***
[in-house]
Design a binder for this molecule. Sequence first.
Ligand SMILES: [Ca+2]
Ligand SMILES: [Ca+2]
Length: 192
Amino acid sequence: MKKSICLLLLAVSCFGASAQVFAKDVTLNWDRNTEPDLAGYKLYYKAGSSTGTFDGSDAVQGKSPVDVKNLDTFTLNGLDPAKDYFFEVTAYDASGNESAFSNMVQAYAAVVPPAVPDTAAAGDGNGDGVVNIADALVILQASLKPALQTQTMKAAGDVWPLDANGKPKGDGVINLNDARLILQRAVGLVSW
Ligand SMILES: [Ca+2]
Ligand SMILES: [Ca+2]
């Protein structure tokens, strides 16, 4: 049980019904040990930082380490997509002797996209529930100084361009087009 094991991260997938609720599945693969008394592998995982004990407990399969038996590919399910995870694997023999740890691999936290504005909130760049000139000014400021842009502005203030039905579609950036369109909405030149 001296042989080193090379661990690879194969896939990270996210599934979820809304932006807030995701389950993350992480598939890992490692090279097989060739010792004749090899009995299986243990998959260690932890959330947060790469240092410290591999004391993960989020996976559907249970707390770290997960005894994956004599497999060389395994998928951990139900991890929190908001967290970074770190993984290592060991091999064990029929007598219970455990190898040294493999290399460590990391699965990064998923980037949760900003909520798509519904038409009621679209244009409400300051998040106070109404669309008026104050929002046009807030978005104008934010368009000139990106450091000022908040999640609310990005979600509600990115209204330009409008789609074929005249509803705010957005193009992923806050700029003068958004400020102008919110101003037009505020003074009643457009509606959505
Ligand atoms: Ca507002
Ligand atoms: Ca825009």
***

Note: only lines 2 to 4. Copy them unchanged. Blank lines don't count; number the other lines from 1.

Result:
Design a binder for this molecule. Sequence first.
Ligand SMILES: [Ca+2]
Ligand SMILES: [Ca+2]